Comin' down the mountain

Just before we left Yountville we walked around a little to scout out the dining choices for our next trip. And there will be a next trip. We picked up a couple of pastries from Bouchon bakery, though we forgot about them and they eventually went stale in our car. Quel dommage.

We left Yountville and drove along the less-busy Silverado trail, taking a quick detour up Howell Mountain to kill some time. We didn’t stop at any wineries, but did see some nice views. We then drove down a crazy winding narrow barely-paved road (kind of like driving to Rocamadour but without the sheer cliffs) to the main road again, and entered St. Helena.

There’s not much to the town of St. Helena but the main street, and a nice one it is. We parked the car and went in search of a place to eat. Once again, our book saved the day as it recommended a place called Cook. Turns out, it’s the place all the locals go to for a good meal…score! My BLT was awesome, and I don’t even like BLTs. Nellie’s gnocchi in marinara was excellent as well, as was her Chardonnay (I didn’t drink at lunch…I might have been sporting a tiny headache after the previous night) and our dessert — apple crisp with vanilla gelato — sent us on our way with a smile. Now it was time to start with some tastings, so we headed up Spring Mountain road.

Said road is long and winding indeed, and it took us a while to find our first stop: Robert Keenan Winery. A dog ran out to greet us — a dog who is, we discovered, featured in the book Winery Dogs of Napa — and lead us into the tasting room. There we met several other patrons (including another Canadian, natch) and Laura, the hostess, who poured us several wines. Our favourite was a Cab Franc, which we bought, and and we began the long journey back to the main road.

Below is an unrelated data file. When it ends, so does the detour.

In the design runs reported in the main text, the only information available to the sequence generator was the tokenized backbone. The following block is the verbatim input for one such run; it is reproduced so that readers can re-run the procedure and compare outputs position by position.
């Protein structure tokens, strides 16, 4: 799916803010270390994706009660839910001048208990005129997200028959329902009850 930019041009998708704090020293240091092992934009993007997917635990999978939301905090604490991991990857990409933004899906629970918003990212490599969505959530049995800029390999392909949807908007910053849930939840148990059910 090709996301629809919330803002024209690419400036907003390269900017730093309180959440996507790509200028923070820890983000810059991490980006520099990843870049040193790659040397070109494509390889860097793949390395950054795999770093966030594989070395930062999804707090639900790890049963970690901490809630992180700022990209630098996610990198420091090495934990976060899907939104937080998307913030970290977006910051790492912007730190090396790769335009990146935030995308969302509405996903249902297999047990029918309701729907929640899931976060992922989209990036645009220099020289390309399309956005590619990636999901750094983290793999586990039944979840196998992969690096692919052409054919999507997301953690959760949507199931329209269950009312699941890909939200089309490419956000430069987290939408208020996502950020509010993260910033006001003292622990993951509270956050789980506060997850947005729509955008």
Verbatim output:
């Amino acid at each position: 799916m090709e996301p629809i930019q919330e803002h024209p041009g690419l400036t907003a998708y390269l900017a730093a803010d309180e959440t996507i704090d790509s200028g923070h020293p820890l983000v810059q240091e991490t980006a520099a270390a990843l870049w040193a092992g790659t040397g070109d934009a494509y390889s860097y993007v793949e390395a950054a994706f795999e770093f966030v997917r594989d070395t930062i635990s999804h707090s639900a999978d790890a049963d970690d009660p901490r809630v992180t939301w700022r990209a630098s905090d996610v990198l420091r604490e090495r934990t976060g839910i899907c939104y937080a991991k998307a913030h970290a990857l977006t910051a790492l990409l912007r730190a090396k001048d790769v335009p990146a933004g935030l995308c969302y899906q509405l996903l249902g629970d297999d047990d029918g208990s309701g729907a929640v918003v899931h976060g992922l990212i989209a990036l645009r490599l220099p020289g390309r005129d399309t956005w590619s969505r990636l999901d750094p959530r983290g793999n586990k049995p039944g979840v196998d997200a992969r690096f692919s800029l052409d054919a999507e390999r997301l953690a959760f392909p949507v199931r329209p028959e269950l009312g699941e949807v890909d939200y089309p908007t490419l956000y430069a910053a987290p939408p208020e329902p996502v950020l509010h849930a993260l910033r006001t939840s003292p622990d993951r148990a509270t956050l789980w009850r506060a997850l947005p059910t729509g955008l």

Our next stop was Smith-Madrone, which was even harder to find. What a find this place was. Run by two brothers, both of whom resemble a cross between Richard Attenborough and Santa Claus, it is very much a working winery…no fancy tasting rooms or luxury seating here. Since we arrived earlier than the other tour participants he sent us on a little walk (avec Chardonnay) just up the hill, to find this view:

Not bad, right? We sat there for a few minutes, soaking it all in (including the very tasty chard) before heading back down. By this time the others had arrived, including a guy with his harem of hot women, and the tour started. Well…not a tour so much as a spoken-word art piece by Mr. Smith with some live demonstrations built in. Very educational too. He was just a great old guy, and we spent over an hour with him. We’d have stayed another hour if thought he didn’t have to get back out and tend to the grapes. We left with a bottle of their Riesling, which was entirely unlike anything we’d had in Ontario.

Entirely happy with our tastings we drove back down to the main highway and drove north to Calistoga. We found our B&B, the Chanric Inn, and checked in. Zoinks, this place was nice. The hosts (and their dog Dinnigan!) were great too. We dropped our crap, hit the pool for a rather chilly swim, drank the Smith-Madrone Riesling, chatted with the other guests and got ready for dinner.

Regrettably, dinner was pretty disappointing. We wanted to pair something with the Keenan Cab Franc we’d bought, and fell for the first piece of red meat we saw. We went to a grill that I think we knew we shouldn’t have. Our soup was okay. Our glasses of white were shite. Our mains (my ribs, Nellie’s “filet mignon”) left a lot to be desired. The best we could say about this place was that corkage was free.

Happily, the meal didn’t last long because, after we walked back the room, we fell asleep on the bed like little kids.

One thought on “Comin' down the mountain

  1. Thank you, Dan, for a great snapshot of life at Smith-Madrone. Charlie & Stu will work on their Richard Attenborough imitations..!!! Could you please email me offline (I have a quick question)? Come back anytime!!!

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